The Letters Between Winston Churchill and His Mother
Where: The General Society Library
20 W. 44th St.
212-840-1840 Price: Members $30; $40 Non-Members
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“My pen wanders recklessly,” wrote Winston Churchill of the sparkling letters he exchanged with his mother, Jennie Jerome, over a period of 40 years. David Lough’s lecture, based on the first-ever edited selection of their correspondence, sheds new light on Churchill’s early emotional, intellectual and political development. Spanning from 1881 to1921, these missives follow Churchill’s life of adventure and political ambition, covering many milestones: his army service in India, time as a prisoner of war, election to Parliament, resignation after Gallipoli, and his return to politics in 1917.
His mother’s life, by contrast, follows a downward spiral: her second marriage founders and she becomes a lonely figure, moving forlornly around the country homes of her wealthy friends. Their letters disclose an intense relationship between a demanding mother and a difficult son, both gifted writers who reveal much about themselves and the time period. Churchill’s missives reveal his personality as a young child and a truculent teen, looking to his mother to fix everything—which she usually did. Jerome’s letters reveal a dynamic woman leveraging limited agency in a sexist society.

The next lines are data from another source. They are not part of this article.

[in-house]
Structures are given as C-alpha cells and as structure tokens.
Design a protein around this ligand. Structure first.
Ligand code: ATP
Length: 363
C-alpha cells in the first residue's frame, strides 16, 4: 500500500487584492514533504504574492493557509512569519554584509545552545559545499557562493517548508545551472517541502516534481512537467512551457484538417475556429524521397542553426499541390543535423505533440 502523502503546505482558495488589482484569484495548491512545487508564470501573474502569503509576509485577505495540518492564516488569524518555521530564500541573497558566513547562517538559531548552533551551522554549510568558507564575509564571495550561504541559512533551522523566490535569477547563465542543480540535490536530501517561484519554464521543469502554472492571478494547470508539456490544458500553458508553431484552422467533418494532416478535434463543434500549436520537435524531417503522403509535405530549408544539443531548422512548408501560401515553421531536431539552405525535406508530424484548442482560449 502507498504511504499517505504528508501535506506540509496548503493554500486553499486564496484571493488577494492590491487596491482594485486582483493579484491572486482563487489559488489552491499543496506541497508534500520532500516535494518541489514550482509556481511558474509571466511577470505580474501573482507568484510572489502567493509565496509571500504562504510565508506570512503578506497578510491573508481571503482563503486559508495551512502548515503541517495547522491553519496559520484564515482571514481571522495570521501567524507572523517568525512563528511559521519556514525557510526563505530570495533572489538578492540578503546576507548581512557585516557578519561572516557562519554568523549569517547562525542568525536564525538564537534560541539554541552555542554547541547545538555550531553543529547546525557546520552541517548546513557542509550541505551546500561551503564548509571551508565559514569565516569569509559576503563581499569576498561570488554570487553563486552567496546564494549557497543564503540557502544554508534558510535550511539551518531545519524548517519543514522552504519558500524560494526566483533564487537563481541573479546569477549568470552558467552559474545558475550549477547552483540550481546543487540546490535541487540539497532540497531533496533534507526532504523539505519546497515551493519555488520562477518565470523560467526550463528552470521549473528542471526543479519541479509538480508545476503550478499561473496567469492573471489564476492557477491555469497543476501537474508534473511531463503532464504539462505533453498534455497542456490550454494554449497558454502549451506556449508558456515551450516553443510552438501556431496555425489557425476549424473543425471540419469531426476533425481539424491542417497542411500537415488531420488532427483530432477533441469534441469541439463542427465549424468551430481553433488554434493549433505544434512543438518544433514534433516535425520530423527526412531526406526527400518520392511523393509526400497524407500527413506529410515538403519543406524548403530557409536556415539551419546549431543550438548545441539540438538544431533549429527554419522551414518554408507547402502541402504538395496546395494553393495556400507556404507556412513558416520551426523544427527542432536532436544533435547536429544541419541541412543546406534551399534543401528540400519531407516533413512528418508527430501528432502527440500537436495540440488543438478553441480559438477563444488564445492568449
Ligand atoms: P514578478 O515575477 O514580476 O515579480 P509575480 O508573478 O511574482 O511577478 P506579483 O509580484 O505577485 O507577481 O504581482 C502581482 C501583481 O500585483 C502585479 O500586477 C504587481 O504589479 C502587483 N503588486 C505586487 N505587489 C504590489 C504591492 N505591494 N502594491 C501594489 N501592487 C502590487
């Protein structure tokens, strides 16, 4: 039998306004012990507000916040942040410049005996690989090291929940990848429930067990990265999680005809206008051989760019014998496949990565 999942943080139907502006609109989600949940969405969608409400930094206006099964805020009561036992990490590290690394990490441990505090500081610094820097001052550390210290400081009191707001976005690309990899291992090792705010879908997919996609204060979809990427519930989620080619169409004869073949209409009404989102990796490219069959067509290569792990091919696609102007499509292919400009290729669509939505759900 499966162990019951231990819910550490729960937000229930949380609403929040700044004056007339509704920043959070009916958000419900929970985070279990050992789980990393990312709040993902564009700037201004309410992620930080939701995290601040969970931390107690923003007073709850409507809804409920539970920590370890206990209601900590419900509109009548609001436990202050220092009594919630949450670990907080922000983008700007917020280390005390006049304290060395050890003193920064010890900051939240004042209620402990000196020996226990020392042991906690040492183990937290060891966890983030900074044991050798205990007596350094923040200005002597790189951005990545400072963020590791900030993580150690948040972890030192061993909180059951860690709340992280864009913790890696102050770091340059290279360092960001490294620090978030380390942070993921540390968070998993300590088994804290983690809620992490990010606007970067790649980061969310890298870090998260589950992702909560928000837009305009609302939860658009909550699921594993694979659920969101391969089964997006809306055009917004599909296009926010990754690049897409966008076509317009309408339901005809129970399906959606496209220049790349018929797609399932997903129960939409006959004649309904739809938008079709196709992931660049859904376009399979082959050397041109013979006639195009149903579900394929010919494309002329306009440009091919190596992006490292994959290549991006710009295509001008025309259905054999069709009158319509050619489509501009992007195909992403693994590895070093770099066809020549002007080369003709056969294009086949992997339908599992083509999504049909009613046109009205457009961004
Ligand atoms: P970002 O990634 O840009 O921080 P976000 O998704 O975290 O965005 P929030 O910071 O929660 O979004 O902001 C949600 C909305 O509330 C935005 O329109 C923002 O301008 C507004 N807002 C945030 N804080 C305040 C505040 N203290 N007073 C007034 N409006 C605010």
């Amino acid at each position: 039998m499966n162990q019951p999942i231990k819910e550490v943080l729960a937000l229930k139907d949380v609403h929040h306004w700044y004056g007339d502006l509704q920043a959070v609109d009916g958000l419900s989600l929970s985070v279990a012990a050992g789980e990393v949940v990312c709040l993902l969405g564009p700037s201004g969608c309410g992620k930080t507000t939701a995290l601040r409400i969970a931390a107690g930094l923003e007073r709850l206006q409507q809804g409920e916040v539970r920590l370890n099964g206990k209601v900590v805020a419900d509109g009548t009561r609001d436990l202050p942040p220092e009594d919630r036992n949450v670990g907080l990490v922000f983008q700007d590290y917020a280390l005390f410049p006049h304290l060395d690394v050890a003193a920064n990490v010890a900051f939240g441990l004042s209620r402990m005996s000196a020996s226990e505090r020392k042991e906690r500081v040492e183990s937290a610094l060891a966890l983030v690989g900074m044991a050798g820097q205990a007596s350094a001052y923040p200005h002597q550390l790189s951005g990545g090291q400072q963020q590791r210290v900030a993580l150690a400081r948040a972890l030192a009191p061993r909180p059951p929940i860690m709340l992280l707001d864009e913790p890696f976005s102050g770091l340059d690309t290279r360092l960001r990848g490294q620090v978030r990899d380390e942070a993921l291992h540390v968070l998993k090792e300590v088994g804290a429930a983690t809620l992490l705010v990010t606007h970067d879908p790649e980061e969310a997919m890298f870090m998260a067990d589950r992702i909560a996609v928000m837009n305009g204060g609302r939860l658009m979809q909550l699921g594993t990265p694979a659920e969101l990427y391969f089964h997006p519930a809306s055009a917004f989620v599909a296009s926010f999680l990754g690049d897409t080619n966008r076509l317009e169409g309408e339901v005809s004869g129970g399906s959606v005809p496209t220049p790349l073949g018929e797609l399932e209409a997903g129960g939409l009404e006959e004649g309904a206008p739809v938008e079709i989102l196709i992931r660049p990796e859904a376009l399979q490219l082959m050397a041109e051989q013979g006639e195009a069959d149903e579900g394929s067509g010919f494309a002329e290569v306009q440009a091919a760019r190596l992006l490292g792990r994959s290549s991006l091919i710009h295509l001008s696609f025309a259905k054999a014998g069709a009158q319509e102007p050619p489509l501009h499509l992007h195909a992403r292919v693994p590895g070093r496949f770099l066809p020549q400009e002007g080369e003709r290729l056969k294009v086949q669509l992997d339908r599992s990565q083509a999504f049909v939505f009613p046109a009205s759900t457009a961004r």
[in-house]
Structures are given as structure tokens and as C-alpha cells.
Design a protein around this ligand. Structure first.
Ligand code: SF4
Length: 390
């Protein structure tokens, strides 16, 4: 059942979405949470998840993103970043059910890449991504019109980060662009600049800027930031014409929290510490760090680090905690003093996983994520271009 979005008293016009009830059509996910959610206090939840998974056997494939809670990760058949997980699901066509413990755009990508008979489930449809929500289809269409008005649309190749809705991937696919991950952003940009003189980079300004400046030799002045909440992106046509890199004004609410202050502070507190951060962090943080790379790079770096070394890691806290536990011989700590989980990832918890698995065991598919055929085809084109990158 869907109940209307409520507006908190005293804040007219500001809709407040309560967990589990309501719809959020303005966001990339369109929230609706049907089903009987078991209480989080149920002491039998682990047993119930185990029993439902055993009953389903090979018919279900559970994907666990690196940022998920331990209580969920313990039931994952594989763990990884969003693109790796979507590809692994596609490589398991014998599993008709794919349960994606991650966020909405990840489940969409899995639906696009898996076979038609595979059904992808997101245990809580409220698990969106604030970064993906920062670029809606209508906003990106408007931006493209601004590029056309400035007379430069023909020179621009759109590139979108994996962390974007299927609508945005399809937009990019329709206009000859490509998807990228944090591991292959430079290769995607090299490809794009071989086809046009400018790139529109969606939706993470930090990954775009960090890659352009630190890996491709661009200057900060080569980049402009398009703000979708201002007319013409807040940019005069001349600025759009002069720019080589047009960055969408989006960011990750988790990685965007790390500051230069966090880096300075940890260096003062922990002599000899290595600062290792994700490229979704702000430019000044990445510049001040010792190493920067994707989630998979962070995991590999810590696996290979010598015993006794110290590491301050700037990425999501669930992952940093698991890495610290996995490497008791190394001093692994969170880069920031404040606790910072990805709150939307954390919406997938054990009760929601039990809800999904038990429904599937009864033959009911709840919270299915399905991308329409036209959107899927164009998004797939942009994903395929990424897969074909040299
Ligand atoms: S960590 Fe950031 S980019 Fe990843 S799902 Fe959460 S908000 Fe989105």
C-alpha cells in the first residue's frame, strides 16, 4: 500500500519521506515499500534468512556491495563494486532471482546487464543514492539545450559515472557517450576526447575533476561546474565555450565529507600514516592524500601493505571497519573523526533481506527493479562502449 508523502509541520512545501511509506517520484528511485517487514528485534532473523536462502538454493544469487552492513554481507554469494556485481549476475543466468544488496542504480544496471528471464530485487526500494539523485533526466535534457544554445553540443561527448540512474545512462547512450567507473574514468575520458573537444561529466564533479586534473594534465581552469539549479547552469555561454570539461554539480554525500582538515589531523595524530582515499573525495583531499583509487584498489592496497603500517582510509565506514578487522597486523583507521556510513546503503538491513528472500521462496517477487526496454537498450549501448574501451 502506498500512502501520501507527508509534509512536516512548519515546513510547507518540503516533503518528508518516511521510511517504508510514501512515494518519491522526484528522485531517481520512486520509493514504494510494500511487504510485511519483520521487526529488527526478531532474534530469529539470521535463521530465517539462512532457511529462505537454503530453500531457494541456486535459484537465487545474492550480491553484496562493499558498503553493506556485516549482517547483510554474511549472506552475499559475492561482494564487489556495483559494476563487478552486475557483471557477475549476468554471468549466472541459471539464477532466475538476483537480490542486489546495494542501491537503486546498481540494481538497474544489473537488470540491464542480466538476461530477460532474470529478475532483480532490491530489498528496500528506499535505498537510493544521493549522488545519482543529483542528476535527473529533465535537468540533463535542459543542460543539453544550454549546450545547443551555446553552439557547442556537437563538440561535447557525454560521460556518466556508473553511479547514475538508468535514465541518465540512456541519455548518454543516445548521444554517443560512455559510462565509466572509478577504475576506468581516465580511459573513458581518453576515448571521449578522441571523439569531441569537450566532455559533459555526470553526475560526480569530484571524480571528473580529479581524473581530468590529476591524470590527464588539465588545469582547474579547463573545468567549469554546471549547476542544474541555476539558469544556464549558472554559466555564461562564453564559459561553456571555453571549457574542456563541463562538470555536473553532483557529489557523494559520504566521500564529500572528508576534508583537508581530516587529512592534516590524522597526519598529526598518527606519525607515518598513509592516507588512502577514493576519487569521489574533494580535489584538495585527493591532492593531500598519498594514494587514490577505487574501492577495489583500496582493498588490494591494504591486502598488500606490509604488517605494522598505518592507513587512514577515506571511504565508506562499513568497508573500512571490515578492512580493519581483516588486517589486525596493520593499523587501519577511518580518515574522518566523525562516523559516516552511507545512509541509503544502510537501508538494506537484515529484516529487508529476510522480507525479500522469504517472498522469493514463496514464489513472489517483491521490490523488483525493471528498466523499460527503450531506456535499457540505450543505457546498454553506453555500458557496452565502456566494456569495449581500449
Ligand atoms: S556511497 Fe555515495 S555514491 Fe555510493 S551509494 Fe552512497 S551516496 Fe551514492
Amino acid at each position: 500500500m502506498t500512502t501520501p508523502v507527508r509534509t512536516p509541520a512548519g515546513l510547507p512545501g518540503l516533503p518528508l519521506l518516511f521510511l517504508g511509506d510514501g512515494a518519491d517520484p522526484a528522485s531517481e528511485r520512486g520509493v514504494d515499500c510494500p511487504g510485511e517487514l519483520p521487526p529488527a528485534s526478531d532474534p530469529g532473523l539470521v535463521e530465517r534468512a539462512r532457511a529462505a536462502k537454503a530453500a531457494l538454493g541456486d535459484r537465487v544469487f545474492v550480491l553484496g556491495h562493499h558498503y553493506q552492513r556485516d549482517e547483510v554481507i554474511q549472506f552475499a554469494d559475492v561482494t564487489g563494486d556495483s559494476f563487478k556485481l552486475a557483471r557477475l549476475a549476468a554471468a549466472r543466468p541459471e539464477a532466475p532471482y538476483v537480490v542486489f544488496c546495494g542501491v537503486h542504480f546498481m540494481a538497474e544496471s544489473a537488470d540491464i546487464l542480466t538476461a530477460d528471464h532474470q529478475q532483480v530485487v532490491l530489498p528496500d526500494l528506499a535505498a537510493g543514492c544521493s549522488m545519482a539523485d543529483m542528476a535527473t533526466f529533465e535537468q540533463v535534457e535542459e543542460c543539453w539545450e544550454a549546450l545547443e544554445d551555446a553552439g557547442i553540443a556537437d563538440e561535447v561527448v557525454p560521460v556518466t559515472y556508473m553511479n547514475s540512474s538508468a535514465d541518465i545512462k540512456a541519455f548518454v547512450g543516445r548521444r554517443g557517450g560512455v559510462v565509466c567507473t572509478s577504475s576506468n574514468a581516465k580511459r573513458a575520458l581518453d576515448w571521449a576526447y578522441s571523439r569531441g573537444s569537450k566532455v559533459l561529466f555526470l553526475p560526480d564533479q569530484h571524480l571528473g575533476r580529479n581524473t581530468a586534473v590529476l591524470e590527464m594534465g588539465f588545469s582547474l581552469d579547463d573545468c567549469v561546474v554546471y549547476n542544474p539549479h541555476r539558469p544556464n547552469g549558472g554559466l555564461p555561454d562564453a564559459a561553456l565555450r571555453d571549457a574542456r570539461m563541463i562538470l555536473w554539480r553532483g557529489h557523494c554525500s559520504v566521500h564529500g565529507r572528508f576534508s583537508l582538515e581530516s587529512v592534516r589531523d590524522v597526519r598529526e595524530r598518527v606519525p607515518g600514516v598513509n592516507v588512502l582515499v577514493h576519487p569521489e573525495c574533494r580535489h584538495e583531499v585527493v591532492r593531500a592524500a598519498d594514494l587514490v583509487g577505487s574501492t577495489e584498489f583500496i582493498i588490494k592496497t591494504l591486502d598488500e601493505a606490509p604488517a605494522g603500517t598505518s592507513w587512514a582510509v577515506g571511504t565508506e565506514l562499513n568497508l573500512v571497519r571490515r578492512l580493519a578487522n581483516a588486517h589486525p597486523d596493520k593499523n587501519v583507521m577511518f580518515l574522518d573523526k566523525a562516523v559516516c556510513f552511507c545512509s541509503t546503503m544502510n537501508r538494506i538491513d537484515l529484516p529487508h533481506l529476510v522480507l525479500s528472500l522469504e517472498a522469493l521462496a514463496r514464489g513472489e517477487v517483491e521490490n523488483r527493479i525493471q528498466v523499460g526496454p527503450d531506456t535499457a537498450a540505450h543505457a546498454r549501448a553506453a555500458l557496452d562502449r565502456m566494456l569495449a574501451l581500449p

Brimming with gossip, name-dropping and chutzpah, and populated by an impressive cast of late Victorian and Edwardian characters, Mr. Lough’s lecture will enrich our understanding of Britain’s most celebrated statesman. He will offer poignant insights into Churchill’s relationship with the woman whose advice and loving encouragement set him on the path to power.
David Lough read history at Oxford University, where he won first class honors. Mr. Lough then had a long and fruitful career in finance, starting in Asia and investment banking, before founding a private banking business in 1988. Mr. Lough is a former member of the London Stock Exchange and Fellow of the Chartered Securities Institute. He returned to history in his retirement and coupled it with his experience in finance to write his first book, the best-seller No More Champagne: Churchill and His Money (2015). His new book, My Darling Winston: The Letters Between Winston Churchill and His Mother (October 2018), explores the unusual—and under-appreciated—relationship between Winston Churchill and his American mother, Jennie Jerome, as revealed by the private letters that they exchanged over a period of forty years.